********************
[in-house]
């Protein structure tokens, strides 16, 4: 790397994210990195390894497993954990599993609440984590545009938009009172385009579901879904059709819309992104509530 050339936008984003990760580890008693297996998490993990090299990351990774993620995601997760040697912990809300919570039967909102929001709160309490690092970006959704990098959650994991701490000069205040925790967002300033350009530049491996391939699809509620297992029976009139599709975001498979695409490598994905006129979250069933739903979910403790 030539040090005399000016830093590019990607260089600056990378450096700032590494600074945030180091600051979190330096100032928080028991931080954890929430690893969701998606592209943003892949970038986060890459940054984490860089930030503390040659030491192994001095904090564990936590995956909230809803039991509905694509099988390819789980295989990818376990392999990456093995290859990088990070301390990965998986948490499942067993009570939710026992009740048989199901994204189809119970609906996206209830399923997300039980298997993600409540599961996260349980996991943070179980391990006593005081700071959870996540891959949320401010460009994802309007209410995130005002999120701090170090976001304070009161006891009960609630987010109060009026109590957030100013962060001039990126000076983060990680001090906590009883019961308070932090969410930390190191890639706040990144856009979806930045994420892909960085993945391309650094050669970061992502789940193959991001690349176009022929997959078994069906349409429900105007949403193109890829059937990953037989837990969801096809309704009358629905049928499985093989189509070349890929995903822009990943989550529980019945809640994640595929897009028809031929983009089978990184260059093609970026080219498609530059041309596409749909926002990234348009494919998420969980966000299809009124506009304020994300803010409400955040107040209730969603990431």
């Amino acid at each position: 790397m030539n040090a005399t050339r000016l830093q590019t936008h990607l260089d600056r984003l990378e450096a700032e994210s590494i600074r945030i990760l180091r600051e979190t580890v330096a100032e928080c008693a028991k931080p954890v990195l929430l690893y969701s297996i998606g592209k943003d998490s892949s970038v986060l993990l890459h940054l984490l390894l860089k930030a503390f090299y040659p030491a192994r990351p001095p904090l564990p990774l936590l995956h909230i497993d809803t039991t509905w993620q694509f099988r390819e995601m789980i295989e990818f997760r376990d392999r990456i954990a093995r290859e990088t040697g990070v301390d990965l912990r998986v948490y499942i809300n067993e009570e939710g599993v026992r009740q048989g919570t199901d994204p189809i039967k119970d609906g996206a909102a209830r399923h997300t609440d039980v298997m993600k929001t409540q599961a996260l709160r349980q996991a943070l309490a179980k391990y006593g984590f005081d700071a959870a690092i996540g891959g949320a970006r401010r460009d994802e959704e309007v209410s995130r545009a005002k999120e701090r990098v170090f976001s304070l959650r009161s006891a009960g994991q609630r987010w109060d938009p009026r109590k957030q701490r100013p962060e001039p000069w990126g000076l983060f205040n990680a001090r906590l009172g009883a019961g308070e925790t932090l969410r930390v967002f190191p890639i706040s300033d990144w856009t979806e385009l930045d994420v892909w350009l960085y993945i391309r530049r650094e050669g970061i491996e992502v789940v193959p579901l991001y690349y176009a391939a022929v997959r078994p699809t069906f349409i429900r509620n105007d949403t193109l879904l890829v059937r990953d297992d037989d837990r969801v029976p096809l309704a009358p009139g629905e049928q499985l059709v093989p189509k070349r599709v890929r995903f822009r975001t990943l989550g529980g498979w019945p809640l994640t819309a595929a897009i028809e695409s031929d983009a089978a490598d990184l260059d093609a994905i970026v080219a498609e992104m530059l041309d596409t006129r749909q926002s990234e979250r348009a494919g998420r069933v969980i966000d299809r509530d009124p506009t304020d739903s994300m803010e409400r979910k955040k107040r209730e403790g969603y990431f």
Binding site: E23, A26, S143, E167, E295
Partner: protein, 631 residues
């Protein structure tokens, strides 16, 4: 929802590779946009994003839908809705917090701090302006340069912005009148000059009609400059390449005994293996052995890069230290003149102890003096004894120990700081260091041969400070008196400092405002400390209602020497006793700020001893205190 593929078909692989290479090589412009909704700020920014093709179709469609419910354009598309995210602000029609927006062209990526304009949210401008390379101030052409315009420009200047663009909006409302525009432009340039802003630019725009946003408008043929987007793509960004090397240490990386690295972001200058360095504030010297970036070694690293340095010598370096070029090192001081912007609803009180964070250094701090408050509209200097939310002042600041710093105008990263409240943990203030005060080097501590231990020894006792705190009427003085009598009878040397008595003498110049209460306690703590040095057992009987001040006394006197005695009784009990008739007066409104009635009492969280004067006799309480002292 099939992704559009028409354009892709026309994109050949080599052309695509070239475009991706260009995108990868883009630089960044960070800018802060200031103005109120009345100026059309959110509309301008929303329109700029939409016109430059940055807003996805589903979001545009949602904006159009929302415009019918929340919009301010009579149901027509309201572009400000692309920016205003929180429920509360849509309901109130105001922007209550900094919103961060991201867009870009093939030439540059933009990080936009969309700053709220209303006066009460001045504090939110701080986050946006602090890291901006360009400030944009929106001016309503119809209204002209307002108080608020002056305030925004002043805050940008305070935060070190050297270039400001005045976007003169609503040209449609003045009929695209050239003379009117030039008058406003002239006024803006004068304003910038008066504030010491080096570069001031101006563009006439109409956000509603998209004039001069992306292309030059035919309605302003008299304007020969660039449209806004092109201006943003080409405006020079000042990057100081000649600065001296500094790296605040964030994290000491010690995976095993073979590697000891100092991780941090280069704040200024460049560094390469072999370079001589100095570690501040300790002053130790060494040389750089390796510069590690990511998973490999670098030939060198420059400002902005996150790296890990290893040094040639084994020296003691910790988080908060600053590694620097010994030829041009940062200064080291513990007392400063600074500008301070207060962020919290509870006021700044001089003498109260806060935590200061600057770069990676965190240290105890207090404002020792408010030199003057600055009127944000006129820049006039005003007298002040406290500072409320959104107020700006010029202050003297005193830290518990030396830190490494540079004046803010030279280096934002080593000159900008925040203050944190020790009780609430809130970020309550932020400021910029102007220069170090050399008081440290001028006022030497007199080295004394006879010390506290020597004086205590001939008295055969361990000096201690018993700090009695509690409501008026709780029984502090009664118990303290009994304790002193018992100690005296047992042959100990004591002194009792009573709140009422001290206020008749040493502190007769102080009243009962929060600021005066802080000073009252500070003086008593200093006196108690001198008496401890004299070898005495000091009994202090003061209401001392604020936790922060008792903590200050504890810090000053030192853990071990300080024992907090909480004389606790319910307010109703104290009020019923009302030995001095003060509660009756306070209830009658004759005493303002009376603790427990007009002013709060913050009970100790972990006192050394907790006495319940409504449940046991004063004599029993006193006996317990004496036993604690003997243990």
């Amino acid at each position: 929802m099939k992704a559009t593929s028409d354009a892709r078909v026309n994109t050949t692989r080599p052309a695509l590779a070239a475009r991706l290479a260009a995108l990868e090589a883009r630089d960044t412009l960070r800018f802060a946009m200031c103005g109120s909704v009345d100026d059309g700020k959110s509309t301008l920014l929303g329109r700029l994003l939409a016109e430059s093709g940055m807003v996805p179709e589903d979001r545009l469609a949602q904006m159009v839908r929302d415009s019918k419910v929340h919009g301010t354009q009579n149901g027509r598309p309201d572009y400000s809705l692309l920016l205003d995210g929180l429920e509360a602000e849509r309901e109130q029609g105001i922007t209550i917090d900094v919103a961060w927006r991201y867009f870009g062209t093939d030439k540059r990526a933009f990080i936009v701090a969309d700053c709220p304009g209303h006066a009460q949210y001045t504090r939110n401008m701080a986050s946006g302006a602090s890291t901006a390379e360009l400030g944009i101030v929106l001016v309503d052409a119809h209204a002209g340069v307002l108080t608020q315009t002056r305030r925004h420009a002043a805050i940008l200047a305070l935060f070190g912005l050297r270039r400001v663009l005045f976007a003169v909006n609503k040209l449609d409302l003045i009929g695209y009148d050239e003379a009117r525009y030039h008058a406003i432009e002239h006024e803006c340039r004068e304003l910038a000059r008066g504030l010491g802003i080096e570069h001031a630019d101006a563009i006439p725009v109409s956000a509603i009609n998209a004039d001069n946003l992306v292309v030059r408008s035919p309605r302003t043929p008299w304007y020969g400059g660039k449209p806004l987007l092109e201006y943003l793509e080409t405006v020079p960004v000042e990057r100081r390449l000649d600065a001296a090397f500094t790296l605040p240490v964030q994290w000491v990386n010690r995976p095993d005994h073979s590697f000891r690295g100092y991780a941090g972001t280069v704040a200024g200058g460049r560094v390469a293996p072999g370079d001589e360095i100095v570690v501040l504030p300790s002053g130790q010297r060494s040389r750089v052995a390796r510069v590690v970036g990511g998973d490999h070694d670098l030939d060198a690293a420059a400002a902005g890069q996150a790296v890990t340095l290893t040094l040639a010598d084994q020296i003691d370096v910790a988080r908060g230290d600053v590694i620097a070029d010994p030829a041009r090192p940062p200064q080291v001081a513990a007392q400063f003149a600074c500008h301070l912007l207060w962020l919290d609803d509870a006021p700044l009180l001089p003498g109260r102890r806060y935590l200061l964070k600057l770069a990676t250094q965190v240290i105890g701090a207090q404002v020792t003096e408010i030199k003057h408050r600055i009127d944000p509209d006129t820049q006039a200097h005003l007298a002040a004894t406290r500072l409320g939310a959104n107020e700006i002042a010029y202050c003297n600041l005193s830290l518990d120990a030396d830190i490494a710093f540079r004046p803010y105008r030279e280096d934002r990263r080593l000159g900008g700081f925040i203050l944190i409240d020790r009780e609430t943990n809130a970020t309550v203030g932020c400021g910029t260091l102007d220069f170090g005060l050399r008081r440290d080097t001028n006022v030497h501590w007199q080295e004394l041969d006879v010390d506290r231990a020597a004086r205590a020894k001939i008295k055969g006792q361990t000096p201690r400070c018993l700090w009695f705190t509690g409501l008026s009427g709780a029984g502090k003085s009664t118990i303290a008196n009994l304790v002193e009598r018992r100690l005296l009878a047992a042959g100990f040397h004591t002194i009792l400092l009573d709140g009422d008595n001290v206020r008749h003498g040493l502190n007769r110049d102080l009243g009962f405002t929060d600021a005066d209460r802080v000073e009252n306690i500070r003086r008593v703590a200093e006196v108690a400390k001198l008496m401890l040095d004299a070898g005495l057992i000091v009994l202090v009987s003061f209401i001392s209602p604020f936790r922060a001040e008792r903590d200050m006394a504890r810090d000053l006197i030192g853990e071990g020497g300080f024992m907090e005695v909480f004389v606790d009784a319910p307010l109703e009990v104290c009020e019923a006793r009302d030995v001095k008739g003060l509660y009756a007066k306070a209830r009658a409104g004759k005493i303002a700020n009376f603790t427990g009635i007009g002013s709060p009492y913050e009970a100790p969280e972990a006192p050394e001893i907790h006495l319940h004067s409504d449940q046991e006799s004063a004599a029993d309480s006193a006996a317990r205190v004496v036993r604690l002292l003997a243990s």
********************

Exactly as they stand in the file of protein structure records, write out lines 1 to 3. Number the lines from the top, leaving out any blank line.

[in-house]
């Protein structure tokens, strides 16, 4: 790397994210990195390894497993954990599993609440984590545009938009009172385009579901879904059709819309992104509530 050339936008984003990760580890008693297996998490993990090299990351990774993620995601997760040697912990809300919570039967909102929001709160309490690092970006959704990098959650994991701490000069205040925790967002300033350009530049491996391939699809509620297992029976009139599709975001498979695409490598994905006129979250069933739903979910403790 030539040090005399000016830093590019990607260089600056990378450096700032590494600074945030180091600051979190330096100032928080028991931080954890929430690893969701998606592209943003892949970038986060890459940054984490860089930030503390040659030491192994001095904090564990936590995956909230809803039991509905694509099988390819789980295989990818376990392999990456093995290859990088990070301390990965998986948490499942067993009570939710026992009740048989199901994204189809119970609906996206209830399923997300039980298997993600409540599961996260349980996991943070179980391990006593005081700071959870996540891959949320401010460009994802309007209410995130005002999120701090170090976001304070009161006891009960609630987010109060009026109590957030100013962060001039990126000076983060990680001090906590009883019961308070932090969410930390190191890639706040990144856009979806930045994420892909960085993945391309650094050669970061992502789940193959991001690349176009022929997959078994069906349409429900105007949403193109890829059937990953037989837990969801096809309704009358629905049928499985093989189509070349890929995903822009990943989550529980019945809640994640595929897009028809031929983009089978990184260059093609970026080219498609530059041309596409749909926002990234348009494919998420969980966000299809009124506009304020994300803010409400955040107040209730969603990431």
């Amino acid at each position: 790397m030539n040090a005399t050339r000016l830093q590019t936008h990607l260089d600056r984003l990378e450096a700032e994210s590494i600074r945030i990760l180091r600051e979190t580890v330096a100032e928080c008693a028991k931080p954890v990195l929430l690893y969701s297996i998606g592209k943003d998490s892949s970038v986060l993990l890459h940054l984490l390894l860089k930030a503390f090299y040659p030491a192994r990351p001095p904090l564990p990774l936590l995956h909230i497993d809803t039991t509905w993620q694509f099988r390819e995601m789980i295989e990818f997760r376990d392999r990456i954990a093995r290859e990088t040697g990070v301390d990965l912990r998986v948490y499942i809300n067993e009570e939710g599993v026992r009740q048989g919570t199901d994204p189809i039967k119970d609906g996206a909102a209830r399923h997300t609440d039980v298997m993600k929001t409540q599961a996260l709160r349980q996991a943070l309490a179980k391990y006593g984590f005081d700071a959870a690092i996540g891959g949320a970006r401010r460009d994802e959704e309007v209410s995130r545009a005002k999120e701090r990098v170090f976001s304070l959650r009161s006891a009960g994991q609630r987010w109060d938009p009026r109590k957030q701490r100013p962060e001039p000069w990126g000076l983060f205040n990680a001090r906590l009172g009883a019961g308070e925790t932090l969410r930390v967002f190191p890639i706040s300033d990144w856009t979806e385009l930045d994420v892909w350009l960085y993945i391309r530049r650094e050669g970061i491996e992502v789940v193959p579901l991001y690349y176009a391939a022929v997959r078994p699809t069906f349409i429900r509620n105007d949403t193109l879904l890829v059937r990953d297992d037989d837990r969801v029976p096809l309704a009358p009139g629905e049928q499985l059709v093989p189509k070349r599709v890929r995903f822009r975001t990943l989550g529980g498979w019945p809640l994640t819309a595929a897009i028809e695409s031929d983009a089978a490598d990184l260059d093609a994905i970026v080219a498609e992104m530059l041309d596409t006129r749909q926002s990234e979250r348009a494919g998420r069933v969980i966000d299809r509530d009124p506009t304020d739903s994300m803010e409400r979910k955040k107040r209730e403790g969603y990431f």